When you heard about Corey Haim's death yesterday, did you put down the Sharpie you were using to sign copies of your book about the scourge of celebrity narcissism with your own giant face on the cover, rest your chin in your hand (your "concerned" pose), and think, "Hmm. Just in time for the premiere of Sober House 2!" No? Well then you're probably a whole human being, and not the vulture-brained Dr. Drew Pinsky.
Still, he waited about 7 whole hours before before trying to capitalize on Corey Haim's death which shows the tiniest sliver possible of restraint.
Though a drug overdose is suspected, Los Angeles police have not yet determined what substance killed actor Corey Haim, 38. But for addiction specialist Dr. Drew Pinsky, Wednesday's (March 10) headlines offered a sadly similar refrain.
"I never met Corey, but people brought his name up to me hundreds of times, and as I'm sure I've told you, this is just the beginning of a tidal wave of more of this," he said. "My patients are dying every day from medication prescribed by my peers. And it's not just young Hollywood but all kinds of people, and you don't need illicit drugs anymore because pharmaceuticals are just as powerful."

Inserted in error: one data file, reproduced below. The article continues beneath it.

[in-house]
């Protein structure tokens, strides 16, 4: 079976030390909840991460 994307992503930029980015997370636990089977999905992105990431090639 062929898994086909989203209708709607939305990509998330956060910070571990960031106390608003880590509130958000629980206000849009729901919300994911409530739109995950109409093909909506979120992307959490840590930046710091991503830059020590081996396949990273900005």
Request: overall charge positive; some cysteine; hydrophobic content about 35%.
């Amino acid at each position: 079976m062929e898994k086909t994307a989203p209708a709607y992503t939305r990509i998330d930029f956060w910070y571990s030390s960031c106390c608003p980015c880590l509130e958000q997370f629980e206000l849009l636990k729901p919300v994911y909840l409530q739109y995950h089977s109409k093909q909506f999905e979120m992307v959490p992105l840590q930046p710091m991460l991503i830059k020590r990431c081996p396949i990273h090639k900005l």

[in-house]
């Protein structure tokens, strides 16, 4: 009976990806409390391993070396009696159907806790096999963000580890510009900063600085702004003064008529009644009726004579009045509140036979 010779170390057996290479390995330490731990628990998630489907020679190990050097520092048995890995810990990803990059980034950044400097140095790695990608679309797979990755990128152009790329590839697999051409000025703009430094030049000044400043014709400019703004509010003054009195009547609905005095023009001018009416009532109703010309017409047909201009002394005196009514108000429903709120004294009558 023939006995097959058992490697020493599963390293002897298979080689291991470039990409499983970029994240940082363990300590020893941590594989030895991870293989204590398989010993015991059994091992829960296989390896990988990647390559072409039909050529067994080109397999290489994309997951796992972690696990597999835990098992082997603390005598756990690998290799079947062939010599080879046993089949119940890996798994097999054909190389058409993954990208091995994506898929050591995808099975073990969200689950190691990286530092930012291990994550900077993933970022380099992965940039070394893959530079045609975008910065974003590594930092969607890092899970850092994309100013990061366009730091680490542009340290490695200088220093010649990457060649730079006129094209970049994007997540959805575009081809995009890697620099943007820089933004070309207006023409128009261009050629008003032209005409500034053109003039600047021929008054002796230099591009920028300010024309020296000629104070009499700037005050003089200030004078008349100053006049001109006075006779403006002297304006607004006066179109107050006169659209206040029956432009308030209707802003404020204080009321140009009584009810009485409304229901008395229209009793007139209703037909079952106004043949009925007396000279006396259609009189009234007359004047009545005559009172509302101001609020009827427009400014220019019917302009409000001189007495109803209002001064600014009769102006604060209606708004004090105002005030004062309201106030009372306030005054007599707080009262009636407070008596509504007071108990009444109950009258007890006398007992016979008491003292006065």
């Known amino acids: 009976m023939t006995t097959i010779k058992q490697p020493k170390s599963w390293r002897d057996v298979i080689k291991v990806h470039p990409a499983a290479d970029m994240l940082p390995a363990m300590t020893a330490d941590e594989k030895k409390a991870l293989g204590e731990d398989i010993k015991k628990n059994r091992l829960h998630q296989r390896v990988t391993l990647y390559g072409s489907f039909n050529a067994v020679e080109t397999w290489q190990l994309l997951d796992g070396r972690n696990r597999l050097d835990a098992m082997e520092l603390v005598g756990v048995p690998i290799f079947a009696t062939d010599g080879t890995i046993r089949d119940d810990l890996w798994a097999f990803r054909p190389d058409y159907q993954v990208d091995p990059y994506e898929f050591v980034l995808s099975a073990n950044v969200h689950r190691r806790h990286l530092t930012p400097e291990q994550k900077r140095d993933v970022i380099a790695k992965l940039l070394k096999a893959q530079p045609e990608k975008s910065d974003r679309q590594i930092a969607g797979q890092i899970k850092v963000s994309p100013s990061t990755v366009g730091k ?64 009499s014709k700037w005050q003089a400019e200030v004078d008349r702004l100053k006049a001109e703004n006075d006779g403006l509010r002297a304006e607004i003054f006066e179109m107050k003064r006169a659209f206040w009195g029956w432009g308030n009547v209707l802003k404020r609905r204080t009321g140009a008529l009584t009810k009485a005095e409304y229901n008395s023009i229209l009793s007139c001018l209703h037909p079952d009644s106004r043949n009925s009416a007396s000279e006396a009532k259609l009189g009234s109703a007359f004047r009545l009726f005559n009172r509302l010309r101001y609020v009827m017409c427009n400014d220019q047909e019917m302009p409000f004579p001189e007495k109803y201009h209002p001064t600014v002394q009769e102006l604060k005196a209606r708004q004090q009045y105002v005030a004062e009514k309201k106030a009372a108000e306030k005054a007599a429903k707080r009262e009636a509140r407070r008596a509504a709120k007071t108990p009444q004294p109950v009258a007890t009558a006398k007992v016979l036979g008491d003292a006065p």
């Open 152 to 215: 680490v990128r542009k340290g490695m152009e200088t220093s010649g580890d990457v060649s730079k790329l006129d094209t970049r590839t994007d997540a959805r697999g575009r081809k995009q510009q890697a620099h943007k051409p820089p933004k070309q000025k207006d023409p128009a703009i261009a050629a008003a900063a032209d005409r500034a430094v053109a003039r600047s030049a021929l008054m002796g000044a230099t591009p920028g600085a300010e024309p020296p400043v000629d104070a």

See, Dr. Drew never met Corey Haim, the police haven't determined what substance (if any) killed him, but Dr. Drew is pretty certain he knows what killed this total stranger—that's how great of a doctor he is. He can diagnose and determine cause of death just by hearing someone's name! He's basically Miss Cleo but with a medical degree so people (wrongfully) take him seriously.
If only Corey Haim would have allowed Dr. Drew to exploit him while he was alive!
Pinsky, host of VH1's "Celebrity Rehab," never treated Haim but said he was the kind of star who might have benefited from being on the show. "I can't confirm it, but I just heard that our producers had reached out to him, and he reacted enraged and insulted, like, 'How dare you!' " Pinsky said. "Which is a shame, because he would have really been helped. All I know is that our outcomes are pretty good, and there's something about the cameras and doing it publicly that holds people accountable and makes them want to be an inspiration to other people."
There's also something about the cameras that makes Dr. Drew less of a doctor and more of a vulture-brained celebrity. But he knows that, or he should—after all, he literally wrote the book on it:
I wonder what the pitch for Celebrity Rehab is:
"Hey. So we hear that you're still a total fucked up mess. Don't try to deny it. Once a fucked-up mess, always a fucked-up mess, you know? Anyhoo, we'd like you to come be a total fucked-up mess on TV and talk about how you were probably abused (Dr. Drew says all addicts were abused) so that Dr. Drew can keep his face out there. What do you say?"
Honestly, "How dare you!" seems like the most logical response.